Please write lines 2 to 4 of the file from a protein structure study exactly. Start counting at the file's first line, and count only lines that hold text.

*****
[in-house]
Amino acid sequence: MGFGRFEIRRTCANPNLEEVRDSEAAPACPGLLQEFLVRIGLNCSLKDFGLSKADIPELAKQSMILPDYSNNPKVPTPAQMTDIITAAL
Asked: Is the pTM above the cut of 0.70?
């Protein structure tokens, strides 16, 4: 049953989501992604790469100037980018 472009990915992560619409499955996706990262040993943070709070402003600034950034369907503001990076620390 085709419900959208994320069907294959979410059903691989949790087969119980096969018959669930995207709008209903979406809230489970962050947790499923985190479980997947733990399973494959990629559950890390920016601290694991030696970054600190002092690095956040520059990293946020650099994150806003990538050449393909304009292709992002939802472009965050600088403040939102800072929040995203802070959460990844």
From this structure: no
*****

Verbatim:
Amino acid sequence: MGFGRFEIRRTCANPNLEEVRDSEAAPACPGLLQEFLVRIGLNCSLKDFGLSKADIPELAKQSMILPDYSNNPKVPTPAQMTDIITAAL
Asked: Is the pTM above the cut of 0.70?
């Protein structure tokens, strides 16, 4: 049953989501992604790469100037980018 472009990915992560619409499955996706990262040993943070709070402003600034950034369907503001990076620390 085709419900959208994320069907294959979410059903691989949790087969119980096969018959669930995207709008209903979406809230489970962050947790499923985190479980997947733990399973494959990629559950890390920016601290694991030696970054600190002092690095956040520059990293946020650099994150806003990538050449393909304009292709992002939802472009965050600088403040939102800072929040995203802070959460990844």